Cover

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Title Page, Series Page, Copyright, Dedication

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pp. i-vi

Contents

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pp. vii-viii

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Foreword

LeAnne Howe

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pp. ix-xiv

I’ve been thinking about American Indians as “Noble Savages” for decades, hence, the series of Noble Savage poems in Evidence of Red (2005). Recently one of my new poems, “Noble Savage Learns to Tweet” from 99 Poems for the 99 Percent: An Anthology of Poetry, has had new life as a video poem...

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Introduction

Becca Gercken

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pp. xv-xxiv

There are clear and profound differences between Indigenous gaming in the United States and Canada, and yet academics and nonacademics, American and Canadian Indians, and European Americans and European Canadians make sweeping generalizations about North American Aboriginal casinos...

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Pan-tribal Nationalist Fantasy

Scott Andrews

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pp. xxv-xxvi

"Columbus Day 2092” is a modest appetizer to the main course of the essays offfered here. It is a daydream, a little game of “what if,” a pan-tribal nationalist fantasy.
I realize that pan-tribal and nationalist may seem contradictory, since a pan-tribal perspective crosses national/tribal boundaries. However, despite...

Columbus Day 2092

Scott Andrews

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pp. xxvii-xxx

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Raised Stakes: Writing on/and the New Game of Chance

Becca Gercken

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pp. 1-22

Both Indian and non-Indian readers of contemporary Native American literature recognize gaming as shorthand for identity politics; gaming foregrounds questions of identity (both individual and communal), authenticity, history, and sovereignty in a compact yet complicated space. The...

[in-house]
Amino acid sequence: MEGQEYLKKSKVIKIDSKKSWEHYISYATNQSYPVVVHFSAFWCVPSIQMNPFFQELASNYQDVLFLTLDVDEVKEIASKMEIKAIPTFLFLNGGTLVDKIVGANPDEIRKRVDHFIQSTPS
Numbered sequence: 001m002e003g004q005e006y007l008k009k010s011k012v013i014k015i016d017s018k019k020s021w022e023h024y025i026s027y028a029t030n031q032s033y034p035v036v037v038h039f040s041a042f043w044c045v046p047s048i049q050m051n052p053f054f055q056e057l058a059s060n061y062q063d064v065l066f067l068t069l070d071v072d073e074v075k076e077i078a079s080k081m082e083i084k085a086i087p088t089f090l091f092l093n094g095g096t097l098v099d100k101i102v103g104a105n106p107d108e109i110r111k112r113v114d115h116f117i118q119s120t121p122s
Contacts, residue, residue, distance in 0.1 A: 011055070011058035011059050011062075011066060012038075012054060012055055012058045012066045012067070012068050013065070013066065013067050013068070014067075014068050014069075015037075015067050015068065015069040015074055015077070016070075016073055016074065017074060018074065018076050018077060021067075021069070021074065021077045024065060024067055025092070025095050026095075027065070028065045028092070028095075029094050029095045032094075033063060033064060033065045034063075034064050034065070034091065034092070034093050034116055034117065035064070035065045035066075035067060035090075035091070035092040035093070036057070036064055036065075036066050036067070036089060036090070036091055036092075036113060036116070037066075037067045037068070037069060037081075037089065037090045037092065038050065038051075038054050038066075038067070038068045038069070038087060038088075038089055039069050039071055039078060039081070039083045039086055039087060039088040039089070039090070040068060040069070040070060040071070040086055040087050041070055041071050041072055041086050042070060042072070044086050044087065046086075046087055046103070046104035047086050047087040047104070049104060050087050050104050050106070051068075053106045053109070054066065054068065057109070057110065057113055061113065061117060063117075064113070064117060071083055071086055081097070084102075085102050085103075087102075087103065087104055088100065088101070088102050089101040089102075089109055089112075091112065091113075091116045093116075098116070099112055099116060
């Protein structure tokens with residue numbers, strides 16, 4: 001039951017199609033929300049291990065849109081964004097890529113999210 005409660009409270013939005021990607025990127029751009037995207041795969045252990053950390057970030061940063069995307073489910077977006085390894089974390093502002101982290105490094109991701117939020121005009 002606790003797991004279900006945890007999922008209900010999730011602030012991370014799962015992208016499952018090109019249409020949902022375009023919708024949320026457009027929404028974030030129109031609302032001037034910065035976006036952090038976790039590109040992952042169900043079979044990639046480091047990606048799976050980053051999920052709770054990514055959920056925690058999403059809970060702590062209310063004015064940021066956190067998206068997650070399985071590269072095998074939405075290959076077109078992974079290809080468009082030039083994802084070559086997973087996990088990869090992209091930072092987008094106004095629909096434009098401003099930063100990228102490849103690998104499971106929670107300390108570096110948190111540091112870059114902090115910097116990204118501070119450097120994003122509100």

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An Interview with Jim Denomie

Heid E. Erdrich

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pp. 23-32

Jim Denomie (Ojibwe) was born in Hayward, Wisconsin, on July 6, 1955, and currently lives in Franconia, Minnesota. Primarily a painter (oil, acrylic, and watercolor), he also creates unique works of art in ink, oil pastel drawings, printmaking, photography, and found object sculpture. In 1995, Denomie...

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The Noble Savage as Entrepreneur: Indian Gaming Success

Julie Pelletier

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pp. 33-56

As a researcher who has studied American Indian casinos and gaming since 1994, I have encountered a narrow range of reactions to my work. Depending on the context, I may be asked about gaming and gambling as sin—this comes up primarily in the United States and, yes, in academic...

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(Re)Imagining First Nations Casinos: A Necessary Response to Ensure Economic Development

Yale D. Belanger

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pp. 57-84

In recent years First Nations casino operations in Canada have settled into predictable operational patterns.1 Apart from the negligence that temporarily plagued the Saskatchewan Indian Gaming Authority (SIGA) in the early 2000s,2 the seventeen national for-profit First Nations casinos are accomplished...

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Casinos, Culture, and Cash: How Gambling Has Afffected Minnesota Tribal Nations

Caroline Laurent

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pp. 85-110

Since the early 1980s, the income generated by Indi an gaming establishments has poured a new stream of revenue into reservations. This influx of money became particularly visible after the Indian Gaming Regulatory Act (IGRA) of 1988 was enacted and tribes started high-stakes gaming on a larger scale...

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“It’s a Question of Fairness”: Fee-to-Trust and Opposition to Haudenosaunee Land Rights and Economic Development

Meghan Y. McCune

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pp. 111-134

Stereotypes and misconceptions about Indigenous sovereignty, particularly gaming, are rampant throughout the United States and are reflected in pop culture discourses. The satirical cartoon South Park took up the issue of Indian gaming in 2003, dedicating an entire episode titled “Red Man’s...

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Masking Anishinaabe Bimaadiziwin: Uncovering Cultural Representation at Casino Rama

Darrel Manitowabi

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pp. 135-158

Located in the Chippewas of Rama First Nation in south-central Ontario, Casino Rama was the only Aboriginal commercial casino in the province until 2011.1 Officially opened in 1996, the casino is rich in Chippewa/Anishinaabe cultural representations in order to stress the Indigenous context of the...

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About the Contributors

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pp. 159-161

Scott Andrews, a member of the Cherokee Nation of Oklahoma, is a professor in the English department and the American Indian Studies Program at California State University, Northridge. He has published reviews, essays, poetry, and fiction in various journals.
Yale D. Belanger is professor of political science at the..